Lagrange reversion theorem

This page is about Lagrange reversion. For inversion, see Lagrange inversion theorem.

In mathematics, the Lagrange reversion theorem gives series or formal power series expansions of certain implicitly defined functions; indeed, of compositions with such functions.

Let v be a function of x and y in terms of another function f such that

${\displaystyle v=x+yf(v)}$

Then for any function g, for small enough y:

${\displaystyle g(v)=g(x)+\sum _{k=1}^{\infty }{\frac {y^{k}}{k!}}\left({\frac {\partial }{\partial x}}\right)^{k-1}\left(f(x)^{k}g'(x)\right).}$

If g is the identity, this becomes

${\displaystyle v=x+\sum _{k=1}^{\infty }{\frac {y^{k}}{k!}}\left({\frac {\partial }{\partial x}}\right)^{k-1}\left(f(x)^{k}\right).}$

In 1770, Joseph Louis Lagrange (1736–1813) published his power series solution of the implicit equation for v mentioned above. However, his solution used cumbersome series expansions of logarithms.[1][2] In 1780, Pierre-Simon Laplace (1749–1827) published a simpler proof of the theorem, which was based on relations between partial derivatives with respect to the variable x and the parameter y.[3][4][5] Charles Hermite (1822–1901) presented the most straightforward proof of the theorem by using contour integration.[6][7][8]

Lagrange's reversion theorem is used to obtain numerical solutions to Kepler's equation.

Simple proof

We start by writing:

${\displaystyle g(v)=\int \delta (yf(z)-z+x)g(z)(1-yf'(z))\,dz}$

Writing the delta-function as an integral we have:

{\displaystyle {\begin{aligned}g(v)&=\iint \exp(ik[yf(z)-z+x])g(z)(1-yf'(z))\,{\frac {dk}{2\pi }}\,dz\\[10pt]&=\sum _{n=0}^{\infty }\iint {\frac {(ikyf(z))^{n}}{n!}}g(z)(1-yf'(z))e^{ik(x-z)}\,{\frac {dk}{2\pi }}\,dz\\[10pt]&=\sum _{n=0}^{\infty }\left({\frac {\partial }{\partial x}}\right)^{n}\iint {\frac {(yf(z))^{n}}{n!}}g(z)(1-yf'(z))e^{ik(x-z)}\,{\frac {dk}{2\pi }}\,dz\end{aligned}}}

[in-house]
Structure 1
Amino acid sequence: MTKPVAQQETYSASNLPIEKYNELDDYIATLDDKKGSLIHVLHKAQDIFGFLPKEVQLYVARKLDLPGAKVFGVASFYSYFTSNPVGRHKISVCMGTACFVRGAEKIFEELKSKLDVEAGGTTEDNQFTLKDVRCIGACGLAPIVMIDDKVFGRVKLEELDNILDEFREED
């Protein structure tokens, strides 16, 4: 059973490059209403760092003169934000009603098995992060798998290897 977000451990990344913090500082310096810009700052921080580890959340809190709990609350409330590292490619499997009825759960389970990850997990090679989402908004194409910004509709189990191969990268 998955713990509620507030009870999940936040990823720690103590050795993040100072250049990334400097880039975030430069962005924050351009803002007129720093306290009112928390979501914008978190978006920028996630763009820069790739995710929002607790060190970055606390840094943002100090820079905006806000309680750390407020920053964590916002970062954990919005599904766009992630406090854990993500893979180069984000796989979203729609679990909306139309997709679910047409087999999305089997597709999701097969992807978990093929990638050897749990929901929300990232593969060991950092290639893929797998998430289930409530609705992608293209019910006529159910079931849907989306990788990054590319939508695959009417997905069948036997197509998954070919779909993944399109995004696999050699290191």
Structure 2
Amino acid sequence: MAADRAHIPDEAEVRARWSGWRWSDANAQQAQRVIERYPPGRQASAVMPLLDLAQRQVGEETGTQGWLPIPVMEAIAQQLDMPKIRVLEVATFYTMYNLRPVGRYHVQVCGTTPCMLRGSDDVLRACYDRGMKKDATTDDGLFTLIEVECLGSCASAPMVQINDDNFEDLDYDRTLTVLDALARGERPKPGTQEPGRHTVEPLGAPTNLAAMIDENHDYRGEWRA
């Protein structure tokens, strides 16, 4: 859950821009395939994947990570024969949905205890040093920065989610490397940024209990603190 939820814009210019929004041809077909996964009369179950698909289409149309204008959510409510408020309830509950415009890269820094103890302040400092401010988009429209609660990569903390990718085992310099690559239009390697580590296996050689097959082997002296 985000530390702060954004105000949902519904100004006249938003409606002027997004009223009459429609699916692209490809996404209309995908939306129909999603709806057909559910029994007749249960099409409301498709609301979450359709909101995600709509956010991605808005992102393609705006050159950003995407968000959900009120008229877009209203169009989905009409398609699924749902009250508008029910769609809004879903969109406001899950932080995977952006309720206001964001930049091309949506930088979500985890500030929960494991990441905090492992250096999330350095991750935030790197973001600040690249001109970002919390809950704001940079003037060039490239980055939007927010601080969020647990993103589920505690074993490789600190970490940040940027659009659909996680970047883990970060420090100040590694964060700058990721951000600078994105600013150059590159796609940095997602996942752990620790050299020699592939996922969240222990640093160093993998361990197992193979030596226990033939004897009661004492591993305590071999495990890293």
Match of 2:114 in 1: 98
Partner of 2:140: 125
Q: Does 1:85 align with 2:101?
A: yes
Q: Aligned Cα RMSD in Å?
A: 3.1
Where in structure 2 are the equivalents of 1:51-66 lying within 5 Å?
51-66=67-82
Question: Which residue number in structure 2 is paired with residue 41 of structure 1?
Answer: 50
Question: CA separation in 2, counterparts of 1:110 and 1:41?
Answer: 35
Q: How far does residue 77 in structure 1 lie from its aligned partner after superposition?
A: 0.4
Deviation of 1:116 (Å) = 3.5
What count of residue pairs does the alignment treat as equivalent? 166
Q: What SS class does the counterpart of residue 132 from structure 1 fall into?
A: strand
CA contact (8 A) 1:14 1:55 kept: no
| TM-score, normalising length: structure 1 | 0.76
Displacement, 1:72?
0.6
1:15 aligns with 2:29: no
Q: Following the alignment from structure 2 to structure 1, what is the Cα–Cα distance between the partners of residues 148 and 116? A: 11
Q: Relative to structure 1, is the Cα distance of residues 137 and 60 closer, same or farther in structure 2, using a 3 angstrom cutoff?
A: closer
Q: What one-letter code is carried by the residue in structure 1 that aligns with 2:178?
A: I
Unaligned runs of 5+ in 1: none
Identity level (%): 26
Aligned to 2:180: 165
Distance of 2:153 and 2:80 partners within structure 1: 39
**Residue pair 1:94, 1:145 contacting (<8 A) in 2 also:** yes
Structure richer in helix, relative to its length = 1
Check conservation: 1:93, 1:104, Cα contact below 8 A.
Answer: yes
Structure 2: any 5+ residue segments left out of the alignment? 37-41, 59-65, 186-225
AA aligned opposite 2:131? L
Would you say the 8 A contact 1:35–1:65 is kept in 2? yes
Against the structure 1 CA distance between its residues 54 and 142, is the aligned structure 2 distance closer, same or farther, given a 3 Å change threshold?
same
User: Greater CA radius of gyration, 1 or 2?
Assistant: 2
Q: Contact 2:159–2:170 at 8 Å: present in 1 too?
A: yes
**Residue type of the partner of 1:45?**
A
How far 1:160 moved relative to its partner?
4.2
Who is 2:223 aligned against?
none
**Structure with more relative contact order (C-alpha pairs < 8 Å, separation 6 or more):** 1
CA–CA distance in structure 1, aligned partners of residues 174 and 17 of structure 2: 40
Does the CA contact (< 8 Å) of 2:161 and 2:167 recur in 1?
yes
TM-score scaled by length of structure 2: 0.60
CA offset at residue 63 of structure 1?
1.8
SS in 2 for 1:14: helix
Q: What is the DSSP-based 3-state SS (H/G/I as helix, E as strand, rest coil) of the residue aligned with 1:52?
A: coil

The integral over k then gives ${\displaystyle \delta (x-z)}$ and we have:

{\displaystyle {\begin{aligned}g(v)&=\sum _{n=0}^{\infty }\left({\frac {\partial }{\partial x}}\right)^{n}\left[{\frac {(yf(x))^{n}}{n!}}g(x)(1-yf'(x))\right]\\[10pt]&=\sum _{n=0}^{\infty }\left({\frac {\partial }{\partial x}}\right)^{n}\left[{\frac {y^{n}f(x)^{n}g(x)}{n!}}-{\frac {y^{n+1}}{(n+1)!}}\left\{(g(x)f(x)^{n+1})'-g'(x)f(x)^{n+1}\right\}\right]\end{aligned}}}

Rearranging the sum and cancelling then gives the result:

${\displaystyle g(v)=g(x)+\sum _{k=1}^{\infty }{\frac {y^{k}}{k!}}\left({\frac {\partial }{\partial x}}\right)^{k-1}\left(f(x)^{k}g'(x)\right)}$

References

1. ^ Lagrange, Joseph Louis (1770) "Nouvelle méthode pour résoudre les équations littérales par le moyen des séries," Mémoires de l'Académie Royale des Sciences et Belles-Lettres de Berlin, vol. 24, pages 251–326. (Available on-line at: http://gdz.sub.uni-goettingen.de/no_cache/dms/load/img/?IDDOC=41070 .)
2. ^ Lagrange, Joseph Louis, Oeuvres, [Paris, 1869], Vol. 2, page 25; Vol. 3, pages 3–73.
3. ^ Laplace, Pierre Simon de (1777) "Mémoire sur l'usage du calcul aux différences partielles dans la théories des suites," Mémoires de l'Académie Royale des Sciences de Paris, vol. , pages 99–122.
4. ^ Laplace, Pierre Simon de, Oeuvres [Paris, 1843], Vol. 9, pages 313–335.
5. ^ Laplace's proof is presented in:
• Goursat, Édouard, A Course in Mathematical Analysis (translated by E.R. Hedrick and O. Dunkel) [N.Y., N.Y.: Dover, 1959], Vol. I, pages 404–405.
6. ^ Hermite, Charles (1865) "Sur quelques développements en série de fonctions de plusieurs variables," Comptes Rendus de l'Académie des Sciences des Paris, vol. 60, pages 1–26.
7. ^ Hermite, Charles, Oeuvres [Paris, 1908], Vol. 2, pages 319–346.
8. ^ Hermite's proof is presented in:
• Goursat, Édouard, A Course in Mathematical Analysis (translated by E. R. Hedrick and O. Dunkel) [N.Y., N.Y.: Dover, 1959], Vol. II, Part 1, pages 106–107.
• Whittaker, E.T. and G.N. Watson, A Course of Modern Analysis, 4th ed. [Cambridge, England: Cambridge University Press, 1962] pages 132–133.